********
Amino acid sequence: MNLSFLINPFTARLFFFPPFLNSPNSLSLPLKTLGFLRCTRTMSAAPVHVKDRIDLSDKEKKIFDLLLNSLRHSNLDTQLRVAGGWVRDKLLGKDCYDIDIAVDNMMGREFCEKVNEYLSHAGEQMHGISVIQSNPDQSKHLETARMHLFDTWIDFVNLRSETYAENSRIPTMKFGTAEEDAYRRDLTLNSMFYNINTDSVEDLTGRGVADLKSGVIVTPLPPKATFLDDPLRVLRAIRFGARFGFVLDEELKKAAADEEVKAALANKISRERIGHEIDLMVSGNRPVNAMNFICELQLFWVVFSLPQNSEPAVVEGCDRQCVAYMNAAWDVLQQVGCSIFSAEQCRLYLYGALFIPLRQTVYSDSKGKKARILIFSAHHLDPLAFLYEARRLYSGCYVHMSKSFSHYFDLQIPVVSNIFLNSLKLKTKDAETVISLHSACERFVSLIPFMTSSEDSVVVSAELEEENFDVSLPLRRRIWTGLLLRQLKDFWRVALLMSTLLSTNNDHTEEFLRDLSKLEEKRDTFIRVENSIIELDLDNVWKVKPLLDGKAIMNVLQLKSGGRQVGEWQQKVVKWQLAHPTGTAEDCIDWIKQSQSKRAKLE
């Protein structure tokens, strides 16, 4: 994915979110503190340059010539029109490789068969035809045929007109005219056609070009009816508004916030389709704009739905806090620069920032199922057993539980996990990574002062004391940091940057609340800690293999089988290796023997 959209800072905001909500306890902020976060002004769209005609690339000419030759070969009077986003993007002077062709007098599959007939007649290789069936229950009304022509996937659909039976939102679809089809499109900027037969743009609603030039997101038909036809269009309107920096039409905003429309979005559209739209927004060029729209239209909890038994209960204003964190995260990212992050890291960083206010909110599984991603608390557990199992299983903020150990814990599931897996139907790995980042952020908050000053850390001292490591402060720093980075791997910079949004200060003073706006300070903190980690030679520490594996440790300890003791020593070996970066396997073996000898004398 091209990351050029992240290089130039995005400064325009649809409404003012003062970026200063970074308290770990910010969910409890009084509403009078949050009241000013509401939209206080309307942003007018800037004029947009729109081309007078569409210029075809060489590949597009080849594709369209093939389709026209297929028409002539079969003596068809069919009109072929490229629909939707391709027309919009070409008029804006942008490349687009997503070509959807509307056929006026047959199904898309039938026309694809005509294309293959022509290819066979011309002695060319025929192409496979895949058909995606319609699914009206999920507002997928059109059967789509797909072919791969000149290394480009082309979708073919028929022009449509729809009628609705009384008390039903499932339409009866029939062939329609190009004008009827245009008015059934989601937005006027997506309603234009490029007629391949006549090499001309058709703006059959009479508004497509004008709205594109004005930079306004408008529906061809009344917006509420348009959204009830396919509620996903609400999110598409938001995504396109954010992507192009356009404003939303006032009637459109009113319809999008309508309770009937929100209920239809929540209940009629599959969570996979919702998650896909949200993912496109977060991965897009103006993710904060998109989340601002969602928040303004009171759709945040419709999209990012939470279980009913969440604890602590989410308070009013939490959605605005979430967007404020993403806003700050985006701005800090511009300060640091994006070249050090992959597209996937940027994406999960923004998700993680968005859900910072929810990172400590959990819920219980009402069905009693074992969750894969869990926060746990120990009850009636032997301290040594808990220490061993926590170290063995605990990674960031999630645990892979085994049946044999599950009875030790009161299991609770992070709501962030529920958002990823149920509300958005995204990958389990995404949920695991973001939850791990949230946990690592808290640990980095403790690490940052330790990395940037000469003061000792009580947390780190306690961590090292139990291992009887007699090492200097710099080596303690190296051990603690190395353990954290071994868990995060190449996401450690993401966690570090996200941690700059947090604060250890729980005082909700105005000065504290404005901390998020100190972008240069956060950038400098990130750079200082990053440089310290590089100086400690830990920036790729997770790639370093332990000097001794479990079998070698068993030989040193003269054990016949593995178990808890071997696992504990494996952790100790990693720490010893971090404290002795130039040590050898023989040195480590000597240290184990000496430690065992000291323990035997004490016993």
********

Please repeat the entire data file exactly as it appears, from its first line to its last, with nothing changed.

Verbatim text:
Amino acid sequence: MNLSFLINPFTARLFFFPPFLNSPNSLSLPLKTLGFLRCTRTMSAAPVHVKDRIDLSDKEKKIFDLLLNSLRHSNLDTQLRVAGGWVRDKLLGKDCYDIDIAVDNMMGREFCEKVNEYLSHAGEQMHGISVIQSNPDQSKHLETARMHLFDTWIDFVNLRSETYAENSRIPTMKFGTAEEDAYRRDLTLNSMFYNINTDSVEDLTGRGVADLKSGVIVTPLPPKATFLDDPLRVLRAIRFGARFGFVLDEELKKAAADEEVKAALANKISRERIGHEIDLMVSGNRPVNAMNFICELQLFWVVFSLPQNSEPAVVEGCDRQCVAYMNAAWDVLQQVGCSIFSAEQCRLYLYGALFIPLRQTVYSDSKGKKARILIFSAHHLDPLAFLYEARRLYSGCYVHMSKSFSHYFDLQIPVVSNIFLNSLKLKTKDAETVISLHSACERFVSLIPFMTSSEDSVVVSAELEEENFDVSLPLRRRIWTGLLLRQLKDFWRVALLMSTLLSTNNDHTEEFLRDLSKLEEKRDTFIRVENSIIELDLDNVWKVKPLLDGKAIMNVLQLKSGGRQVGEWQQKVVKWQLAHPTGTAEDCIDWIKQSQSKRAKLE
């Protein structure tokens, strides 16, 4: 994915979110503190340059010539029109490789068969035809045929007109005219056609070009009816508004916030389709704009739905806090620069920032199922057993539980996990990574002062004391940091940057609340800690293999089988290796023997 959209800072905001909500306890902020976060002004769209005609690339000419030759070969009077986003993007002077062709007098599959007939007649290789069936229950009304022509996937659909039976939102679809089809499109900027037969743009609603030039997101038909036809269009309107920096039409905003429309979005559209739209927004060029729209239209909890038994209960204003964190995260990212992050890291960083206010909110599984991603608390557990199992299983903020150990814990599931897996139907790995980042952020908050000053850390001292490591402060720093980075791997910079949004200060003073706006300070903190980690030679520490594996440790300890003791020593070996970066396997073996000898004398 091209990351050029992240290089130039995005400064325009649809409404003012003062970026200063970074308290770990910010969910409890009084509403009078949050009241000013509401939209206080309307942003007018800037004029947009729109081309007078569409210029075809060489590949597009080849594709369209093939389709026209297929028409002539079969003596068809069919009109072929490229629909939707391709027309919009070409008029804006942008490349687009997503070509959807509307056929006026047959199904898309039938026309694809005509294309293959022509290819066979011309002695060319025929192409496979895949058909995606319609699914009206999920507002997928059109059967789509797909072919791969000149290394480009082309979708073919028929022009449509729809009628609705009384008390039903499932339409009866029939062939329609190009004008009827245009008015059934989601937005006027997506309603234009490029007629391949006549090499001309058709703006059959009479508004497509004008709205594109004005930079306004408008529906061809009344917006509420348009959204009830396919509620996903609400999110598409938001995504396109954010992507192009356009404003939303006032009637459109009113319809999008309508309770009937929100209920239809929540209940009629599959969570996979919702998650896909949200993912496109977060991965897009103006993710904060998109989340601002969602928040303004009171759709945040419709999209990012939470279980009913969440604890602590989410308070009013939490959605605005979430967007404020993403806003700050985006701005800090511009300060640091994006070249050090992959597209996937940027994406999960923004998700993680968005859900910072929810990172400590959990819920219980009402069905009693074992969750894969869990926060746990120990009850009636032997301290040594808990220490061993926590170290063995605990990674960031999630645990892979085994049946044999599950009875030790009161299991609770992070709501962030529920958002990823149920509300958005995204990958389990995404949920695991973001939850791990949230946990690592808290640990980095403790690490940052330790990395940037000469003061000792009580947390780190306690961590090292139990291992009887007699090492200097710099080596303690190296051990603690190395353990954290071994868990995060190449996401450690993401966690570090996200941690700059947090604060250890729980005082909700105005000065504290404005901390998020100190972008240069956060950038400098990130750079200082990053440089310290590089100086400690830990920036790729997770790639370093332990000097001794479990079998070698068993030989040193003269054990016949593995178990808890071997696992504990494996952790100790990693720490010893971090404290002795130039040590050898023989040195480590000597240290184990000496430690065992000291323990035997004490016993």